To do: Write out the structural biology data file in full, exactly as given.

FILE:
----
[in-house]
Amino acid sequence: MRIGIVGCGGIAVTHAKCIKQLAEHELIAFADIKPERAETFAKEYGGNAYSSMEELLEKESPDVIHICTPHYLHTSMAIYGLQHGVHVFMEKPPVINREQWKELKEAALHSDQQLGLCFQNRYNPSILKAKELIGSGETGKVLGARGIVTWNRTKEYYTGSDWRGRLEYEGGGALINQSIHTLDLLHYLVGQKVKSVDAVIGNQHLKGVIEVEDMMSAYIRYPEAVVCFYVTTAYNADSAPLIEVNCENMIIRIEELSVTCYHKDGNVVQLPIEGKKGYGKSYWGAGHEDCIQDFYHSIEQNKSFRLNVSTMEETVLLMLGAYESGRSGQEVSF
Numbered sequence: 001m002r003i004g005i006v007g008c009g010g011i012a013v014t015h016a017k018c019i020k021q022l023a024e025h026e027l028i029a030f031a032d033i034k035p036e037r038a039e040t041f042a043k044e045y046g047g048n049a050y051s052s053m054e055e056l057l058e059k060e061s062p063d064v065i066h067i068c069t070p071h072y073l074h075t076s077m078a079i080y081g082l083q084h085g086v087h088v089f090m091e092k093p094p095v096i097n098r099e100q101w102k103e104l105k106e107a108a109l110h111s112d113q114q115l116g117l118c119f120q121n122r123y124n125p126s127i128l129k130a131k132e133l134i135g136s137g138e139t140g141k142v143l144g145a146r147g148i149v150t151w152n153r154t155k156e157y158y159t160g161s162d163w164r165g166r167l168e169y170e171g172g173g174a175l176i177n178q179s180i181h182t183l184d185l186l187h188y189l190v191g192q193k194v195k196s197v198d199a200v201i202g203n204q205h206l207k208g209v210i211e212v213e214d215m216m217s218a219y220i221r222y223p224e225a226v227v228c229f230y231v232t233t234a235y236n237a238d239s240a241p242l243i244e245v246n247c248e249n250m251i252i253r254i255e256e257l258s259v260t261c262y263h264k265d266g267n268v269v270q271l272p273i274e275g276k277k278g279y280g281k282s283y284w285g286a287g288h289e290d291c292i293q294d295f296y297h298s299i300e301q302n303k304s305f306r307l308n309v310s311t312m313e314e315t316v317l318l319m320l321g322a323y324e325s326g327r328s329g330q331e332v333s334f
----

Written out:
[in-house]
Amino acid sequence: MRIGIVGCGGIAVTHAKCIKQLAEHELIAFADIKPERAETFAKEYGGNAYSSMEELLEKESPDVIHICTPHYLHTSMAIYGLQHGVHVFMEKPPVINREQWKELKEAALHSDQQLGLCFQNRYNPSILKAKELIGSGETGKVLGARGIVTWNRTKEYYTGSDWRGRLEYEGGGALINQSIHTLDLLHYLVGQKVKSVDAVIGNQHLKGVIEVEDMMSAYIRYPEAVVCFYVTTAYNADSAPLIEVNCENMIIRIEELSVTCYHKDGNVVQLPIEGKKGYGKSYWGAGHEDCIQDFYHSIEQNKSFRLNVSTMEETVLLMLGAYESGRSGQEVSF
Numbered sequence: 001m002r003i004g005i006v007g008c009g010g011i012a013v014t015h016a017k018c019i020k021q022l023a024e025h026e027l028i029a030f031a032d033i034k035p036e037r038a039e040t041f042a043k044e045y046g047g048n049a050y051s052s053m054e055e056l057l058e059k060e061s062p063d064v065i066h067i068c069t070p071h072y073l074h075t076s077m078a079i080y081g082l083q084h085g086v087h088v089f090m091e092k093p094p095v096i097n098r099e100q101w102k103e104l105k106e107a108a109l110h111s112d113q114q115l116g117l118c119f120q121n122r123y124n125p126s127i128l129k130a131k132e133l134i135g136s137g138e139t140g141k142v143l144g145a146r147g148i149v150t151w152n153r154t155k156e157y158y159t160g161s162d163w164r165g166r167l168e169y170e171g172g173g174a175l176i177n178q179s180i181h182t183l184d185l186l187h188y189l190v191g192q193k194v195k196s197v198d199a200v201i202g203n204q205h206l207k208g209v210i211e212v213e214d215m216m217s218a219y220i221r222y223p224e225a226v227v228c229f230y231v232t233t234a235y236n237a238d239s240a241p242l243i244e245v246n247c248e249n250m251i252i253r254i255e256e257l258s259v260t261c262y263h264k265d266g267n268v269v270q271l272p273i274e275g276k277k278g279y280g281k282s283y284w285g286a287g288h289e290d291c292i293q294d295f296y297h298s299i300e301q302n303k304s305f306r307l308n309v310s311t312m313e314e315t316v317l318l319m320l321g322a323y324e325s326g327r328s329g330q331e332v333s334f